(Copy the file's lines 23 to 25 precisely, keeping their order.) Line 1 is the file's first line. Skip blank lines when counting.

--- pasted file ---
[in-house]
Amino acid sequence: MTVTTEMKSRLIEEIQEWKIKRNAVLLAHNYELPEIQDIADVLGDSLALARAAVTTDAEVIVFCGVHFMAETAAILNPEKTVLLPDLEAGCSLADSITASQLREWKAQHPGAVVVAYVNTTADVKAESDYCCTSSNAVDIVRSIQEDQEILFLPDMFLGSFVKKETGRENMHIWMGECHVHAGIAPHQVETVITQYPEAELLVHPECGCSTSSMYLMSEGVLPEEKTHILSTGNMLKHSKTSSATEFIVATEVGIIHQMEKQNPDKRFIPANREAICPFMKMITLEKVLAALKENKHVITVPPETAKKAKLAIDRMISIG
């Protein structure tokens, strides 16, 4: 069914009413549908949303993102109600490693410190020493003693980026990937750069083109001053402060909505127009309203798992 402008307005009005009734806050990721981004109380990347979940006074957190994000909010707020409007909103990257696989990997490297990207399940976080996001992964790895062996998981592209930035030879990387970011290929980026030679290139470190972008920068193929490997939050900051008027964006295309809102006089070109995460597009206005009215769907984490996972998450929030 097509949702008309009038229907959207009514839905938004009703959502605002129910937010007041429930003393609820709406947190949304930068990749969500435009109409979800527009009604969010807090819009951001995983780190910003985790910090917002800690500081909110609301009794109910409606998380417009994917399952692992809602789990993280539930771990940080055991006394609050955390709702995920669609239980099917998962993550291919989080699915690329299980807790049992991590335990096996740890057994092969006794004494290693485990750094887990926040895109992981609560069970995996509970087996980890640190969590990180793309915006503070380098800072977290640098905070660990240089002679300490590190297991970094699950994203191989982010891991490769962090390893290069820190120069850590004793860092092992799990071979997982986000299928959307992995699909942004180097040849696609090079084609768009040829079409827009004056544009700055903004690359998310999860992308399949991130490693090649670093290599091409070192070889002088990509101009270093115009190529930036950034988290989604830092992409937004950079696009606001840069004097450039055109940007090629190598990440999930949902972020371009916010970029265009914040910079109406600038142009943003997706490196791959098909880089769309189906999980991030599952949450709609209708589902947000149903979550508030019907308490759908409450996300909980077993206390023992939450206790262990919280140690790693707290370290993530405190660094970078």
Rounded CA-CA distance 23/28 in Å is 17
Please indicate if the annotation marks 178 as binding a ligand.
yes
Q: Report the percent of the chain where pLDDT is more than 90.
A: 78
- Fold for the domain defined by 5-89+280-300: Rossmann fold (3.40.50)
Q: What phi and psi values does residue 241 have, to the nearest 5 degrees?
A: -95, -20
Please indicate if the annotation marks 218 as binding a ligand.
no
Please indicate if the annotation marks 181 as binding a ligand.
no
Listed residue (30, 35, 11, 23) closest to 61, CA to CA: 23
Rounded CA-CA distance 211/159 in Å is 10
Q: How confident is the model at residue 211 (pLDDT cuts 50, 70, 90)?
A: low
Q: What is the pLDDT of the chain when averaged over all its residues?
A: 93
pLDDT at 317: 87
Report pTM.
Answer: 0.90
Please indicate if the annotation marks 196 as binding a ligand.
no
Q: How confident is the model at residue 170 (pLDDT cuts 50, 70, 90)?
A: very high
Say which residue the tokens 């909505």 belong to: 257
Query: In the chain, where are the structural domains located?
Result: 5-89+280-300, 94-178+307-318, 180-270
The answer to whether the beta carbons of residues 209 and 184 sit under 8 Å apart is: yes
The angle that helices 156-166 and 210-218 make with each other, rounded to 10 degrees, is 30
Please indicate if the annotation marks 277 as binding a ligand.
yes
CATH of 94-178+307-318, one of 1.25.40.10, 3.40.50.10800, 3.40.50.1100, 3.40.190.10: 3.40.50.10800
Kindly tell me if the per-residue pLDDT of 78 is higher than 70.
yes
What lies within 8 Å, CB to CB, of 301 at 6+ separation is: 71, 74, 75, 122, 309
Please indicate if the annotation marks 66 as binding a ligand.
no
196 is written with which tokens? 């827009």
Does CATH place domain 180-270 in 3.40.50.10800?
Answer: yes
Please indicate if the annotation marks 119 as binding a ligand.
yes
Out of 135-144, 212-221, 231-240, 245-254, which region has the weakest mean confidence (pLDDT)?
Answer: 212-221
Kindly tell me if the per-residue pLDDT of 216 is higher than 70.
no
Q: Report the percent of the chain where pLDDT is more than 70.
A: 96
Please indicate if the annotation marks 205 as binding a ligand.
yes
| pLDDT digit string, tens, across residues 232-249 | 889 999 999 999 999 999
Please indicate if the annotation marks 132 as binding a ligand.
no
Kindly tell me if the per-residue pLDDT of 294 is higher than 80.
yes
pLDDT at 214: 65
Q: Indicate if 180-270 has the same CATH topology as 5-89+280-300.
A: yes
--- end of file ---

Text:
Report pTM.
Answer: 0.90
Please indicate if the annotation marks 196 as binding a ligand.